TAPESTRY: The Art of Representation and Abstraction

Animation Characters

The Problem:

Each human joint has a range of motion that is (at least somewhat) independent of the joints to which it is connected. While the geometry of a hand is fairly fixed, to know where the hand is in space y ou have to know the position of the torso, the shoulder joint, the elbow, and the wrist. Further, in normal motion, each of these moves along a trajectory involving momentum, purpose, and such subtle arts as walking, running, turning, etc. "Difficult" doesn't begin to describe it!


A normal body has a rigid skeleton which moves in response to muscle contraction. To a great extent, the limbs are fixed geometry, but the skin (and clothing) surface rearranges itself to remain continuous over the sketon. By defining a skeleton and the skin-to-skeleton relationship, the very complex problem of body motion can be reduced to a less-complex question of skeletal motion. That's called "rigging".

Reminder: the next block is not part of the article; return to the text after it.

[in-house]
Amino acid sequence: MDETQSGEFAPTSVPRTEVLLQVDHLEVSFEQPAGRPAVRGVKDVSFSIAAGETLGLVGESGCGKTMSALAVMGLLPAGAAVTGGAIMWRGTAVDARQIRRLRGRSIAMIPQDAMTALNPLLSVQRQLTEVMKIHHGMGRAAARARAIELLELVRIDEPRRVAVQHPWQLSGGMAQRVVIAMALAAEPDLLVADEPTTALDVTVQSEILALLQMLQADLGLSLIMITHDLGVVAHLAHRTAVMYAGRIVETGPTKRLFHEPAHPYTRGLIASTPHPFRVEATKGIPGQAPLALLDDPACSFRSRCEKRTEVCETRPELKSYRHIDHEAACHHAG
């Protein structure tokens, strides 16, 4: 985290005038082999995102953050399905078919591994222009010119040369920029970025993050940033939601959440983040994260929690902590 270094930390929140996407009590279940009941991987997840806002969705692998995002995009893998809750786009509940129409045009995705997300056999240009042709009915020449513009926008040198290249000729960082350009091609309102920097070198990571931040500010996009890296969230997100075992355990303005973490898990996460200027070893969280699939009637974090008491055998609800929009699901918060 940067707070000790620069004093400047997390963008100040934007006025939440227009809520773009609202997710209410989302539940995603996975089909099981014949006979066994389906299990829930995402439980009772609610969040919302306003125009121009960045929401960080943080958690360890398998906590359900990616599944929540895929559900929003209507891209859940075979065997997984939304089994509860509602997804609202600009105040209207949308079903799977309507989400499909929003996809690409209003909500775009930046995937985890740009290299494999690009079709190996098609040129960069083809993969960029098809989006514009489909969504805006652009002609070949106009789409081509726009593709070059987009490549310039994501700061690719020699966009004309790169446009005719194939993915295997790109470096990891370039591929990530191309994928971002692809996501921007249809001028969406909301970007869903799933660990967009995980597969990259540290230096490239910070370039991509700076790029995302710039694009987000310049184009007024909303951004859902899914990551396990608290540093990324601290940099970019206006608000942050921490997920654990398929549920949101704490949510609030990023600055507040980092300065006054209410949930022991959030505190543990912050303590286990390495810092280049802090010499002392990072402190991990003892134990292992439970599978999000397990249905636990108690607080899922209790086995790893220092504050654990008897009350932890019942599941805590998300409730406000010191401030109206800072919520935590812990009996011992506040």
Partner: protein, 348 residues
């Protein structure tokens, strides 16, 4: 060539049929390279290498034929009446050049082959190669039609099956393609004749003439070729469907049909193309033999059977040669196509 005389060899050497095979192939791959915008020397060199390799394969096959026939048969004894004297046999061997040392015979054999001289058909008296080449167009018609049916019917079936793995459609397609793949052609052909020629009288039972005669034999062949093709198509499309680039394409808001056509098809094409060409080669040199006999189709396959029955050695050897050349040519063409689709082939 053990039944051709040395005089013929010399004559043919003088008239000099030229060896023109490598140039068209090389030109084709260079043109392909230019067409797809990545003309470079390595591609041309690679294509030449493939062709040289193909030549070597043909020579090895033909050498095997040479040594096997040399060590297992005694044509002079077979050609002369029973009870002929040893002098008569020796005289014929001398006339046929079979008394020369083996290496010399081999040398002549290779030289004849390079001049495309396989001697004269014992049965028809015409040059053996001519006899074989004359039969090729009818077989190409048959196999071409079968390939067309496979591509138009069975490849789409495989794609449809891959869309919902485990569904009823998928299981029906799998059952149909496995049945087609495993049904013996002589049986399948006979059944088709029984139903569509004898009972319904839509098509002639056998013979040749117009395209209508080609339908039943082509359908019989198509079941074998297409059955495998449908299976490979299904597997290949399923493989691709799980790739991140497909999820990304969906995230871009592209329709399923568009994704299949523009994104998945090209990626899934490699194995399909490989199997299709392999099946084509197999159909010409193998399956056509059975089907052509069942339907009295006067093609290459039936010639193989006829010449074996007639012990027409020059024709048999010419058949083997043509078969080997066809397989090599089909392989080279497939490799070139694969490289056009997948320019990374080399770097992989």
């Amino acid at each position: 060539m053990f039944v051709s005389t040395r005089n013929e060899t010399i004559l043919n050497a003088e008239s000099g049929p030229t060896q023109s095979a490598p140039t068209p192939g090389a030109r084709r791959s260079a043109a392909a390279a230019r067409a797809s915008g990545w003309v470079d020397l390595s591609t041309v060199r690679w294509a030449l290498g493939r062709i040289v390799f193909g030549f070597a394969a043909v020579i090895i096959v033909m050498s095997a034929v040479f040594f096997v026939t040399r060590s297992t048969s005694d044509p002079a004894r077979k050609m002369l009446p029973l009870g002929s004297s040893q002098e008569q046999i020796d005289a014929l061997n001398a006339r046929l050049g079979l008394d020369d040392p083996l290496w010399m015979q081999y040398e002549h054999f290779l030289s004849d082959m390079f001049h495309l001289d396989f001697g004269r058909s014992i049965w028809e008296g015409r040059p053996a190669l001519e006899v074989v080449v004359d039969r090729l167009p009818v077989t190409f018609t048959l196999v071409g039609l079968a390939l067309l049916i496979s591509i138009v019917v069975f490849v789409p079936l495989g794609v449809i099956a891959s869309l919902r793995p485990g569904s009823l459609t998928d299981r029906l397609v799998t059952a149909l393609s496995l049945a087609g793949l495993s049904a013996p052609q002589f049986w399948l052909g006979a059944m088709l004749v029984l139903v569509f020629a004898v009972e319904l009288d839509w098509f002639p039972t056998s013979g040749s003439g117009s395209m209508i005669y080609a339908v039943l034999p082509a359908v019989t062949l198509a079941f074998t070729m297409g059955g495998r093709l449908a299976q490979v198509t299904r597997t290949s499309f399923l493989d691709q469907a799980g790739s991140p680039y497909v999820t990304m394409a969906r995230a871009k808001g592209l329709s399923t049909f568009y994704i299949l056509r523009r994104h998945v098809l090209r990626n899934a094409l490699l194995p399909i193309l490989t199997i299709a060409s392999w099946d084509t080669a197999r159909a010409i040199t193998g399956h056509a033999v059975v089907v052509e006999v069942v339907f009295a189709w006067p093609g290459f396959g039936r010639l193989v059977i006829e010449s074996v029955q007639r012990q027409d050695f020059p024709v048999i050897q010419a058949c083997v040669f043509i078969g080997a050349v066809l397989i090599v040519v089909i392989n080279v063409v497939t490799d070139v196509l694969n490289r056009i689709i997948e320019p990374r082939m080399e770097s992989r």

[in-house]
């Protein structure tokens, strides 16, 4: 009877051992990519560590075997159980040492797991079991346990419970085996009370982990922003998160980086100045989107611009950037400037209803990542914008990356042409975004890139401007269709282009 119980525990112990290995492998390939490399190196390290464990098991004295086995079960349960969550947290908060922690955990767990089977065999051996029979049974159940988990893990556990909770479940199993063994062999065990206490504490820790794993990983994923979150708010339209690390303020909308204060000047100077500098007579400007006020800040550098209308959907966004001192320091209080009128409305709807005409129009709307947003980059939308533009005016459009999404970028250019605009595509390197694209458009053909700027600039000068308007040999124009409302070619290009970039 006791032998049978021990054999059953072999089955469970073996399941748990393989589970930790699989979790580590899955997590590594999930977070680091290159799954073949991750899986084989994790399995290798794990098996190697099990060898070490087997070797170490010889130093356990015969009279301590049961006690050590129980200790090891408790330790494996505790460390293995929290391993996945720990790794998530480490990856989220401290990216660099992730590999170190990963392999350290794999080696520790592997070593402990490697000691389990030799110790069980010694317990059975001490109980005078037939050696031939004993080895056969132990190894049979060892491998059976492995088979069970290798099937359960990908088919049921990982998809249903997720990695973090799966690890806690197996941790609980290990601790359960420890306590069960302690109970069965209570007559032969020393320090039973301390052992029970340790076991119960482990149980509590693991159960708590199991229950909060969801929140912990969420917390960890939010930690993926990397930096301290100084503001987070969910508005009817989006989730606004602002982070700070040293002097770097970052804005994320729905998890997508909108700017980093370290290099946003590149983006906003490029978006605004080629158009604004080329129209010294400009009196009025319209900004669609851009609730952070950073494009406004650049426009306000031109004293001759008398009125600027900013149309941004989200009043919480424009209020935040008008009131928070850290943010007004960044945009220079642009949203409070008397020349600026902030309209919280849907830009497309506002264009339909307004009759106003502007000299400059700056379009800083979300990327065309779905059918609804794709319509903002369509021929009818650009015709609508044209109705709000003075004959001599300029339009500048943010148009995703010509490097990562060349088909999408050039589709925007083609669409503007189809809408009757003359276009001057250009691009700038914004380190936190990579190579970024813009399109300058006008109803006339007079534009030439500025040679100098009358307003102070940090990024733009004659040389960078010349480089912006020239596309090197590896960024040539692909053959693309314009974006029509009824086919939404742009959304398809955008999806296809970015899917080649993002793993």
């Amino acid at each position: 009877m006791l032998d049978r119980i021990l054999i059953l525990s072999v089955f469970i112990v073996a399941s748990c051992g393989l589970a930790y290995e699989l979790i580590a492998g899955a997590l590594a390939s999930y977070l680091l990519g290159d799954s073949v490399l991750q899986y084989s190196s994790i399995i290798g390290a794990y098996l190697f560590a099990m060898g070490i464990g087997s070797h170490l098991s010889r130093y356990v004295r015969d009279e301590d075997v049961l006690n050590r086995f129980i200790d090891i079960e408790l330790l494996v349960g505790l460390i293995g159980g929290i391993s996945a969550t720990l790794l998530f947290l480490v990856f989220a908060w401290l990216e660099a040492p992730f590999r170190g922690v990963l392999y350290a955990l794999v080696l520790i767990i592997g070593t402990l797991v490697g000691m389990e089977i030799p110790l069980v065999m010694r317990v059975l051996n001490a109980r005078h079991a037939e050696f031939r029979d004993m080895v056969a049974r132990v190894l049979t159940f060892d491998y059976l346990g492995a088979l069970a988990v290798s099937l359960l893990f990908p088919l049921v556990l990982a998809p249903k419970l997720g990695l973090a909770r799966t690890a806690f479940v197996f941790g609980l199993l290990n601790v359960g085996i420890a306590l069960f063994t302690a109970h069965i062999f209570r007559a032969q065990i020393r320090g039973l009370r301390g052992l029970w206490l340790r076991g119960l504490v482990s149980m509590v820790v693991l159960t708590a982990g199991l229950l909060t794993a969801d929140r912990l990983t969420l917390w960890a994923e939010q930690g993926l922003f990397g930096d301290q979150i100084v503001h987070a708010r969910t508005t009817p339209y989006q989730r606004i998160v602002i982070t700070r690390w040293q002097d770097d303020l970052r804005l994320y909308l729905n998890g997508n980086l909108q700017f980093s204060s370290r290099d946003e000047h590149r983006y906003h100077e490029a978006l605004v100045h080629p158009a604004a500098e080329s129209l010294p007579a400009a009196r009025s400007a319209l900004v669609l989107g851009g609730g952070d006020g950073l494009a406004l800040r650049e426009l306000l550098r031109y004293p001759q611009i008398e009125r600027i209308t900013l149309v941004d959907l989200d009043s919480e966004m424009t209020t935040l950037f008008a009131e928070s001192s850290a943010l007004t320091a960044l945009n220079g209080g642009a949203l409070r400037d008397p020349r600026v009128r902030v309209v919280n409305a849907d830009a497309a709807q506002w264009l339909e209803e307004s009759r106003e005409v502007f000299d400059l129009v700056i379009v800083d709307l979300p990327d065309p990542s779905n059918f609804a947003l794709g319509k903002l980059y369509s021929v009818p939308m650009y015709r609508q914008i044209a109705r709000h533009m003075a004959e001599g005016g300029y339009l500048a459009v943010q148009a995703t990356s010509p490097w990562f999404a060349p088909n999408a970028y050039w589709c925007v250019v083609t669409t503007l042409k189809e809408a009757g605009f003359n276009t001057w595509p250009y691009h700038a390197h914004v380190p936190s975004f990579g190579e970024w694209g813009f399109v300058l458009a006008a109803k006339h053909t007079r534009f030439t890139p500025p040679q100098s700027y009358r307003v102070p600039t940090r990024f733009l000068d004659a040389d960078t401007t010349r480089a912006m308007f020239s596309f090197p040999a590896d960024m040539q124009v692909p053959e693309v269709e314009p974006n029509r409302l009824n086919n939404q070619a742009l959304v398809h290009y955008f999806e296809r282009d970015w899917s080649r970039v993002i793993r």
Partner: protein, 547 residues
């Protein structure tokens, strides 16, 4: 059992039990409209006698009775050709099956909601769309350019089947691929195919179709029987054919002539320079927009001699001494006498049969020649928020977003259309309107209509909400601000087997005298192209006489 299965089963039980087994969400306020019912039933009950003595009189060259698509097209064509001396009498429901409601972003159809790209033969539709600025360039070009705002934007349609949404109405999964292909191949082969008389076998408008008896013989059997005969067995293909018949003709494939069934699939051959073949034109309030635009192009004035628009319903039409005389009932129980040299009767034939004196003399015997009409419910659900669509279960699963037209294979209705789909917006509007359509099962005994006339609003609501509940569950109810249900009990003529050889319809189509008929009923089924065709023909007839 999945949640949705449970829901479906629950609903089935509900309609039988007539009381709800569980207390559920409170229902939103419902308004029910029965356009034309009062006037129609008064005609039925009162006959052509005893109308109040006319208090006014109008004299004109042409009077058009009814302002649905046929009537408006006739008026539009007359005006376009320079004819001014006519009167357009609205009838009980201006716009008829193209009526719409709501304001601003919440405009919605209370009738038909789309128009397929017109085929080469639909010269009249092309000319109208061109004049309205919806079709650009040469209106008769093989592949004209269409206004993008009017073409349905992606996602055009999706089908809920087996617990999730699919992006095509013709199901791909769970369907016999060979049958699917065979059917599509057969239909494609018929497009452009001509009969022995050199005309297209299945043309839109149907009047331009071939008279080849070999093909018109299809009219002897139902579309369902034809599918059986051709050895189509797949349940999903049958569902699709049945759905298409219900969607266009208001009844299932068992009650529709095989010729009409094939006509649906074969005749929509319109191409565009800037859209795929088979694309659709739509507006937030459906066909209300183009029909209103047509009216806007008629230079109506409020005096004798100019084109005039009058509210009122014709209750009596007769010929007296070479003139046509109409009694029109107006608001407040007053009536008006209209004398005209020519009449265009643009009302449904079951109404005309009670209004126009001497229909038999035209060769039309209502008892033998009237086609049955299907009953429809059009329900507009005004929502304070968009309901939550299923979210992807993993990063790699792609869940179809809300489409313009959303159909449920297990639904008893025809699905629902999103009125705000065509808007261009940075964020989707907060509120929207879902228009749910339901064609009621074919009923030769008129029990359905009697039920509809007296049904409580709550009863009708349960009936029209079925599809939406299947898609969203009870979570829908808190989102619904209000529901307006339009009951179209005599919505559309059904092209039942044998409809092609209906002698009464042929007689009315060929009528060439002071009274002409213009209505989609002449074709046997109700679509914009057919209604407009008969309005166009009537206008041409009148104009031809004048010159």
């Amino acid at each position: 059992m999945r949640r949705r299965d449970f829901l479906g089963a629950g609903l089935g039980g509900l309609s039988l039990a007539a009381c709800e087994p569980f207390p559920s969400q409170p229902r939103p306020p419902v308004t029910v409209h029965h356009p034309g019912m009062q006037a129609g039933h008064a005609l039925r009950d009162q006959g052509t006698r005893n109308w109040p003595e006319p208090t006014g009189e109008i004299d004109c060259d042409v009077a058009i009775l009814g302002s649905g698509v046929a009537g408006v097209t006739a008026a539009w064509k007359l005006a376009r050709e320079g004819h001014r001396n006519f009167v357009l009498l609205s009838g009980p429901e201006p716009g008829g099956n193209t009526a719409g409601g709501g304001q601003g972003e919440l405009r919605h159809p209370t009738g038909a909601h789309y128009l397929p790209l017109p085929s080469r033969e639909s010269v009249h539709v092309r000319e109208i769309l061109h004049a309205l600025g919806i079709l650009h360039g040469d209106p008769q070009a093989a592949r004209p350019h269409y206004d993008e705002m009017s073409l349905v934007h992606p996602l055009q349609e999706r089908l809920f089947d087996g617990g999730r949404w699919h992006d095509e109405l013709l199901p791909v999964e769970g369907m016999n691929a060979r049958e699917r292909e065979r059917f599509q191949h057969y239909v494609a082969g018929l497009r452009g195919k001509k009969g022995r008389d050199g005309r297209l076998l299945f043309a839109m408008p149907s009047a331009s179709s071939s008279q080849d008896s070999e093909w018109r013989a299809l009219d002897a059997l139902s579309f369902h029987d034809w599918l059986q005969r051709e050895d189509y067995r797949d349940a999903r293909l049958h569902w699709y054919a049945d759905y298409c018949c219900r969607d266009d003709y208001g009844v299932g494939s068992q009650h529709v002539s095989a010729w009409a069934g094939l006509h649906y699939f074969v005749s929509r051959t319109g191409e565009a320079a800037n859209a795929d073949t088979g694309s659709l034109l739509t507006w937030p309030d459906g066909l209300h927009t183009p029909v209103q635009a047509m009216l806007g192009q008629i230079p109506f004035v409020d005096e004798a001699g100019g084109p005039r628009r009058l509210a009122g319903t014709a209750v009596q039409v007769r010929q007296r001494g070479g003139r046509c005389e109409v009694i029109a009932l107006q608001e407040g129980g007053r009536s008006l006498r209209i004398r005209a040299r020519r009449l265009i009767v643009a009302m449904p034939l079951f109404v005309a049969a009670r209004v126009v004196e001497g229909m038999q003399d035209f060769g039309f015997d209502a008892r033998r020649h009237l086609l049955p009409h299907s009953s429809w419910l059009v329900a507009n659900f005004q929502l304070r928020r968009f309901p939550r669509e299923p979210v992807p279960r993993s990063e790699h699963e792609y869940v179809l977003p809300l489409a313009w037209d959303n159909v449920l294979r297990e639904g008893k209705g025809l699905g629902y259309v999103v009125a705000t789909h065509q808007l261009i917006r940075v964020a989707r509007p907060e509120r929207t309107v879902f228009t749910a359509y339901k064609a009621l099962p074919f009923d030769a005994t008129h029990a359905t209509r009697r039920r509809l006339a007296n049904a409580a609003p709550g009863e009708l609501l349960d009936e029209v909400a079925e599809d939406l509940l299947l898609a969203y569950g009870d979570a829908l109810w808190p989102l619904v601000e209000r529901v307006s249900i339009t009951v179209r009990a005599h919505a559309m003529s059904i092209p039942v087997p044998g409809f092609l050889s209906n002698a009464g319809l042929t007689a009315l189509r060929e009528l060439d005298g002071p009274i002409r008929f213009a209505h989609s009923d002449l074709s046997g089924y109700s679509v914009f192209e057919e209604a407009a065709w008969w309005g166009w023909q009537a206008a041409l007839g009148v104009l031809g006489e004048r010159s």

Motion Capture

One of the work-arounds for the problem of motion is to use the power of film to provide data for animation. By marking a live human body with dots or other markers and filming the individual performing the desired motion, it is possible to digitize the trajectories of the joints and then apply this data to the motion of a digital model. This process is generally referred to as "motion capture".

Synthetic motion & Synthetic actors

It would be great if you could generate an animated human (or ORC--think Lord of the Rings battle scenes) by scripting "runs from upper-left to lower-right while screaming" or similar. The ability to turn such a compact representation into believable motion is being developed in animation studios and computer-science departments (including UW's) around the world. Soon.

2D Synthetic actors

The 2D texture-mapped actor we met earlier might be extended by mapping frames from an animation onto a flat plane. By filming the original from multiple view-points we could even have an actor that we could walk around and get a reasonable facsimile of 3D. Several 'consumer quality' rendering tools, including ones used in this class, have added this ability in recent years, though it may require an added-cost plugin to do this.

Last updated: April, 2014

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